The logic of lethal self-defense.

If we punish lethal self-defense, we punish the preservation of the lives of those that do not initiate force for not allowing those that initiate the force to fully enact the crimes that we give them life in prison (or in fact, even the death penalty) for. In some cases, only lethal self-defense can save someone’s life, which is obviously preferred compared to letting the murderer murder an innocent life: comparatively, it is better for the victim to live than the murderer. Absolutely, it would be better for them both to live, but absolutely, it would be better if there were no murderers, and in fact, even no death at all.

In other words, if we punish lethal self-defense, and instead justify the murderer murdering someone who cannot defend themselves to the extent of lethal force legally (justifying them because not allowing the killing of them for self-defense defends them at least on some level, suggesting that their right to live is more important¹ than the victim’s right to live if murdering gives you the same legal right to live as not murdering, which is saying that killing deserves life just as much as not killing deserves life, which is paradoxical: why should the killer deserve life, the opposite of what he is doing to people, as much as the non-killer deserves life, who is not taking that away from other people? To say that “Well none of us are perfect” as to suggest that legal punishment is unnecessary because we are all sinners is to suggest that legal punishment is unnecessary if I were to rape you or steal your money or another one of your possessions; the fact that we are all sinners does not diminish the purpose, nor the justice, of law (but that does not mean that all laws are just)), then we accept that the murderers will, in fact, murder, and we accept that murdering them afterwards is justification, instead of saying that the justification is for the victim to attempt to preserve their life at all costs against the initiator of the violence, even if violence still occurs.

In other words, in one instance, we are punishing the initiator of the violence and the retaliator, and in the other instance, we are only punishing the initiator.

If we punish self-preservation, then that means that murder isn’t a big deal anyway if self-preservation becomes a crime. Because if self-preservation becomes a crime, then murder eliminates that potential crime (because destroying is the opposite of self-preservation, meaning if self-preservation is a crime, and one is destroyed, then one cannot preserve oneself, meaning that one cannot violate that particular statute even though the one is dead), and if initiated force becomes a crime and forceful retaliation becomes a crime, then instead of either dying or living free, our alternatives become either dying or living in prison, and it’s obvious which is the preferred outcome if we use logic.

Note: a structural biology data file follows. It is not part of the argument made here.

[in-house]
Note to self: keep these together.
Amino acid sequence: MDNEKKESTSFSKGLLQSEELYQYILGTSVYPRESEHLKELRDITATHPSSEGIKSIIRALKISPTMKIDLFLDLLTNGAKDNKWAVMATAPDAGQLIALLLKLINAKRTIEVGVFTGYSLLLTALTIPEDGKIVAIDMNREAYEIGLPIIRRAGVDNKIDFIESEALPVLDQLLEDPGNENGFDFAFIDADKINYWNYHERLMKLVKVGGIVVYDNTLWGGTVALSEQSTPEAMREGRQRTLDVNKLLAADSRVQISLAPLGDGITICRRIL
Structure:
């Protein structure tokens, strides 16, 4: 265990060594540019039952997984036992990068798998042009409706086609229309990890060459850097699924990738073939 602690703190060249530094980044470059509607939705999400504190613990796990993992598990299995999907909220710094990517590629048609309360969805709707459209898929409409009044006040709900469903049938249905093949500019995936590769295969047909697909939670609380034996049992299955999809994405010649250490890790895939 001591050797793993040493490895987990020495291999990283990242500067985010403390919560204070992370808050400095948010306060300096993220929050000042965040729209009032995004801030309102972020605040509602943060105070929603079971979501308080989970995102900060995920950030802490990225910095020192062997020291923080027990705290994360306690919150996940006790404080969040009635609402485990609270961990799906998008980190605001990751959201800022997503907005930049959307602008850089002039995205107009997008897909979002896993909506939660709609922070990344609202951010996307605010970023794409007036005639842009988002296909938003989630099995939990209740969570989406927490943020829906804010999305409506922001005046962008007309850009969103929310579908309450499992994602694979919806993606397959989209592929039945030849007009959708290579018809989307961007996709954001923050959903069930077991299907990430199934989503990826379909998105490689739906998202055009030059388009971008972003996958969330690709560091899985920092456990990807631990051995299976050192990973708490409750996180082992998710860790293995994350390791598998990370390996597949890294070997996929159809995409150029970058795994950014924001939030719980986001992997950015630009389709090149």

Either we are free or we are slaves to the masters of the state.

To suggest that murder and self-defense are completely equitable just because someone dies in each case is illogical.

1. More important because either we can legally allow for the victim to live at the expense of the murderer (a “victim” being one against whom lethal force was used; a murderer being the initiator of lethal force (or “potentially” lethal force in the case of an “accused” murderer), the victim “living at the expense of the murderer” meaning that if a murderer is intent on killing me, it may come down to it that the only way for me to live is to kill my attempted murderer, meaning that my life “came at his expense”) or allow the murderer to live at the expense of the victim (if lethal force cannot be used legally in self-defense, then the law states that the murderer’s “right” to murder is equivalent to the use of lethal force in self-defense, as they are both equally punishable by law if self-defense becomes illegal (even if there is a variety in punishment, the fact that they both have punishment suggests that they are similar and related, which they are not: the only difference is that someone dies in each case, but one involves the initiation of violence while the other is selfpreservation: an obvious difference, even if you believe that the punishments should be the same because someone dies in each case). And likewise, if he is going to attempt to kill me, it is more than likely that I am going to retaliate with potentially lethal force, meaning that his life would “come at the expense of mine” because I could kill him while preserving my life before he could kill me); suggesting that his life is “more important” than mine because making self-defense illegal would suggest that when faced with a murderer, I should be punished for defending myself with lethal force, or if I don’t want to go to jail for using potentially lethal force, I should either use less force (which would potentially increase my odds of dying, (as, not being a murderer, I’m only going to increase the amount of force as a last resort because I do not enjoy killing people) suggesting that if they don’t want me to use as much physical force, they don’t care if I increase my odds of living or not, meaning that they value me not killing the murderer more so than the preservation of my own life, meaning that in the moment, they value the murderer’s life more than mineor I should just not use any force at all, almost certainly increasing my odds of dying; if a murderer attempts to kill me without any provocation whatsoever, I doubt that he will begin to stop doing so if I do absolutely NOTHING AT ALL.


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14 thoughts on “The logic of lethal self-defense.

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